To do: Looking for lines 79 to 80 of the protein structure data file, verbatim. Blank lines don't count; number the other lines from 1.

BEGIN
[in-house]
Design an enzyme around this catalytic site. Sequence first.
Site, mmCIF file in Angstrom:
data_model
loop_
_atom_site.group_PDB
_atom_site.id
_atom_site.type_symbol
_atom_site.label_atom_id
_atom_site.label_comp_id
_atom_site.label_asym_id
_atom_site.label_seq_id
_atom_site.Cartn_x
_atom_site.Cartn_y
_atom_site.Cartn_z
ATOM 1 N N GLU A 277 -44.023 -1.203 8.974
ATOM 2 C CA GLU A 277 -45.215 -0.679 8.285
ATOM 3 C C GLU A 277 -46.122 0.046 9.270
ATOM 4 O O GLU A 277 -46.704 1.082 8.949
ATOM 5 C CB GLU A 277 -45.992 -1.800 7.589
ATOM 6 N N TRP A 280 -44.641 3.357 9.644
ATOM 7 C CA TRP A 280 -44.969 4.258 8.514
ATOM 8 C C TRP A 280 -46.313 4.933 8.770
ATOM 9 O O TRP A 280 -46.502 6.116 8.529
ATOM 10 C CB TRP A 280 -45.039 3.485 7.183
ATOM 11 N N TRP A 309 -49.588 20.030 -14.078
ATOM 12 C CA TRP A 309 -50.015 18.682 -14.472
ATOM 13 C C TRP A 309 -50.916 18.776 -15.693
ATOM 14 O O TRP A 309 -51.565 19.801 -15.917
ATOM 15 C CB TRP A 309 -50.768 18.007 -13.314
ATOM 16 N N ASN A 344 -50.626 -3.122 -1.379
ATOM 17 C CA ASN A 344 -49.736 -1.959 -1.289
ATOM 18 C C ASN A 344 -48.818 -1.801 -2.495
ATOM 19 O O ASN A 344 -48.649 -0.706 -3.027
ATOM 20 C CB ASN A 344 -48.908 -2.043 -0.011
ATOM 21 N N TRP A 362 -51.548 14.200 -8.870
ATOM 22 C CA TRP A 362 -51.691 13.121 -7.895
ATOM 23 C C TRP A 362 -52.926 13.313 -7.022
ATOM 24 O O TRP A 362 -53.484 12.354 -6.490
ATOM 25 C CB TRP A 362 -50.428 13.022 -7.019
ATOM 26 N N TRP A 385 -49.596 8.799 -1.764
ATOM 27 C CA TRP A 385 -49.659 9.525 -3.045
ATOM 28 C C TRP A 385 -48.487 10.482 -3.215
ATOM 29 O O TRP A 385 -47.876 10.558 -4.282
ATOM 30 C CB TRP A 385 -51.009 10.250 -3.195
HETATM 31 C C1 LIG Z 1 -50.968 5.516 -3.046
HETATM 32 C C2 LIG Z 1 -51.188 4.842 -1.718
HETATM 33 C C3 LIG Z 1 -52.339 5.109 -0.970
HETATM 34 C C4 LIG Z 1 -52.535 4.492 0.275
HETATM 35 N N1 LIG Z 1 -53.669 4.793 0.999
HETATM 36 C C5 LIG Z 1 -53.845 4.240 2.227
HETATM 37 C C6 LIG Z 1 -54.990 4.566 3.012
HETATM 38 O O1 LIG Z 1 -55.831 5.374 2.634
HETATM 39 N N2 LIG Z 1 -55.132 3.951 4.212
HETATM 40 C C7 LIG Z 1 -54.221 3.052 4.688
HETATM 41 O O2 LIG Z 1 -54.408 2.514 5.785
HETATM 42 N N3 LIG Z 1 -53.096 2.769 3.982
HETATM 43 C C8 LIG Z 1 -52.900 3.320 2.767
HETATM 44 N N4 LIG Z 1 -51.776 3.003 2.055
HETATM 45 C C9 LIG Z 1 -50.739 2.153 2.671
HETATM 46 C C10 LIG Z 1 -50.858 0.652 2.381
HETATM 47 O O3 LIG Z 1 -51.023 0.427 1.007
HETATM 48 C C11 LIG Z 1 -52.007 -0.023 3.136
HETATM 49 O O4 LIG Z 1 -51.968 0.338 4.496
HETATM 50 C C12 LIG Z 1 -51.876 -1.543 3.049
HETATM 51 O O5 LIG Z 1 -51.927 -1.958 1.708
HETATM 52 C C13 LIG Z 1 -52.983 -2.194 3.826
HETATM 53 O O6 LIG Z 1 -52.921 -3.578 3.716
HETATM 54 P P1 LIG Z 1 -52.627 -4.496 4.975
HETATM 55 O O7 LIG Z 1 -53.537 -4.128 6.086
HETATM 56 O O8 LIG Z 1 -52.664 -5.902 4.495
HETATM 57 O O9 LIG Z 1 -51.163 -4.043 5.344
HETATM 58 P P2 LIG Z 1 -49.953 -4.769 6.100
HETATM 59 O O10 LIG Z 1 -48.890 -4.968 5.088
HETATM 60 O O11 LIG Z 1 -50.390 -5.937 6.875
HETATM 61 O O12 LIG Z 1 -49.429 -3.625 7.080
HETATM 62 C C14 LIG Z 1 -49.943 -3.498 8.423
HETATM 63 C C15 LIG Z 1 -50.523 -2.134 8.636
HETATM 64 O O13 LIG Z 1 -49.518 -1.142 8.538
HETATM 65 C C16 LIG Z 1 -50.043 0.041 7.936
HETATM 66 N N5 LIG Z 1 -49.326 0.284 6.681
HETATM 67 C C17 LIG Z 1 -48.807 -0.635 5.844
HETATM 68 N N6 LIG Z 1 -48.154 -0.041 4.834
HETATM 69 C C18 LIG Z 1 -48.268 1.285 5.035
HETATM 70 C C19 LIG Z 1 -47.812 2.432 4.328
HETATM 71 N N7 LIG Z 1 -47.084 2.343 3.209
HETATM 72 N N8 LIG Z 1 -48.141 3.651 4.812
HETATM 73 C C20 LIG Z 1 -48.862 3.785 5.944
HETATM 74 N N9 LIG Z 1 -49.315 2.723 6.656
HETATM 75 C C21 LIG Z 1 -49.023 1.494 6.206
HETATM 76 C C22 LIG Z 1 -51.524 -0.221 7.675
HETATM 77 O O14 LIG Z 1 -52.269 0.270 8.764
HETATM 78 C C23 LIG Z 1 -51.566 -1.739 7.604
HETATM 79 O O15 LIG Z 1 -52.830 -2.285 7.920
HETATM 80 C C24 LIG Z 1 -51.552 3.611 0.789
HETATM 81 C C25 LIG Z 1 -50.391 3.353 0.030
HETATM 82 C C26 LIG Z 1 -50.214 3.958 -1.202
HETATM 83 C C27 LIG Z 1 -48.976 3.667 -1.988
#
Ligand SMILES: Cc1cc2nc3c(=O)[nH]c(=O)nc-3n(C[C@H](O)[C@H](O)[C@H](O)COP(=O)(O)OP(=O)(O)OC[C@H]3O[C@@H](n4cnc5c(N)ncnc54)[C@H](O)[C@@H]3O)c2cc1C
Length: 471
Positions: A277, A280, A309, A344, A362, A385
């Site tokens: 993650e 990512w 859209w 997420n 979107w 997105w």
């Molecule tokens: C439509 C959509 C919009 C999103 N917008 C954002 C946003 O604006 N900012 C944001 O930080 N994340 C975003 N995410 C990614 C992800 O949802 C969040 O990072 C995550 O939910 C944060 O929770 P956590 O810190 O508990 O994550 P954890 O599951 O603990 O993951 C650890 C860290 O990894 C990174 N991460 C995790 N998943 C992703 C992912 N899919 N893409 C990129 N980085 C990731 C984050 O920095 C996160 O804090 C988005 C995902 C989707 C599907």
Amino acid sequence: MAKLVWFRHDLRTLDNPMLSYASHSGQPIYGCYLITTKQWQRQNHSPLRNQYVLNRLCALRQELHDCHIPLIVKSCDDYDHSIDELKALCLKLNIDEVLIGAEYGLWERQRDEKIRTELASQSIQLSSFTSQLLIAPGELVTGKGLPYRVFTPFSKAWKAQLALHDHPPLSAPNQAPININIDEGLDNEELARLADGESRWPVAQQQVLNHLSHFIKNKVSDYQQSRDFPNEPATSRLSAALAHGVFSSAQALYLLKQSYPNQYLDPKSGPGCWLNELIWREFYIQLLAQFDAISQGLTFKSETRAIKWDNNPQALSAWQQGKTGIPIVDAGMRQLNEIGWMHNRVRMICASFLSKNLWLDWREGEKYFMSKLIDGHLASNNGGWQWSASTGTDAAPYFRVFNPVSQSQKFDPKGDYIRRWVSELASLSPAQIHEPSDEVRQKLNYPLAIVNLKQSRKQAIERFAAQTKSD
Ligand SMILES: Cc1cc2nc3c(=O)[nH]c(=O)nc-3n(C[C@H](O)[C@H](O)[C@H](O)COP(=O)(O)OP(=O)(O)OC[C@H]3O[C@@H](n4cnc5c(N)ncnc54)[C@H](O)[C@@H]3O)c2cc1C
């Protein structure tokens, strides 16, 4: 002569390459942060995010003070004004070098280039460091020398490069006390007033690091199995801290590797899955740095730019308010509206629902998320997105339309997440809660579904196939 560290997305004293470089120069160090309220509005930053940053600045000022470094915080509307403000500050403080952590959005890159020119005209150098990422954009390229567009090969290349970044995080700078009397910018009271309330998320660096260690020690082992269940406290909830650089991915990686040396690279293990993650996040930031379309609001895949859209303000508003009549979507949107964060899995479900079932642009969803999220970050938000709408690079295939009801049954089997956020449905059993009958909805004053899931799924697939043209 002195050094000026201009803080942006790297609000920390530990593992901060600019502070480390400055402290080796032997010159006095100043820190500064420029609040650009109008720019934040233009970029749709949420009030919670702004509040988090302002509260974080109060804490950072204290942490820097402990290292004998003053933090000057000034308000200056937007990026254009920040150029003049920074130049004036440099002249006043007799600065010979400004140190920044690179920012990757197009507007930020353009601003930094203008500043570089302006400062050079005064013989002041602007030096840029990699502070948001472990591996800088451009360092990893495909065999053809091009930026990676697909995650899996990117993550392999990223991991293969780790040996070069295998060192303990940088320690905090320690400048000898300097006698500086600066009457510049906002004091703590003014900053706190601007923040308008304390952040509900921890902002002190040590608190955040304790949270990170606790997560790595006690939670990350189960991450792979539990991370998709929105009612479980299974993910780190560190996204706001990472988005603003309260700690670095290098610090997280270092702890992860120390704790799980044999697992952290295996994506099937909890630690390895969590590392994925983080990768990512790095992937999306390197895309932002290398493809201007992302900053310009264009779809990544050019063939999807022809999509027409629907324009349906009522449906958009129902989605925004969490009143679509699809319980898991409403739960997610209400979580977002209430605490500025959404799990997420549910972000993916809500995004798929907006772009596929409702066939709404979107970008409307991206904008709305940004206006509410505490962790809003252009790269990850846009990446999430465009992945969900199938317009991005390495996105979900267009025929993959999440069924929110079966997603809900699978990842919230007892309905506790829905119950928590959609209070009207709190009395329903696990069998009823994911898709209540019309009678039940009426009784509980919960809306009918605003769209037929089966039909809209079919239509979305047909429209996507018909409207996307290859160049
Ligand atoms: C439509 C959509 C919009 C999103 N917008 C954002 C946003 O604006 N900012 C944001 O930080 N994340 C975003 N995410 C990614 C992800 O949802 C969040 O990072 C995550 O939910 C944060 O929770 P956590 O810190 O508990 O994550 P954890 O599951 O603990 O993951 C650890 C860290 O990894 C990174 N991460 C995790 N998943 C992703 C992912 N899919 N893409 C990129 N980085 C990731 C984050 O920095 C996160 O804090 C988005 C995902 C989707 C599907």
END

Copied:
HETATM 64 O O13 LIG Z 1 -49.518 -1.142 8.538
HETATM 65 C C16 LIG Z 1 -50.043 0.041 7.936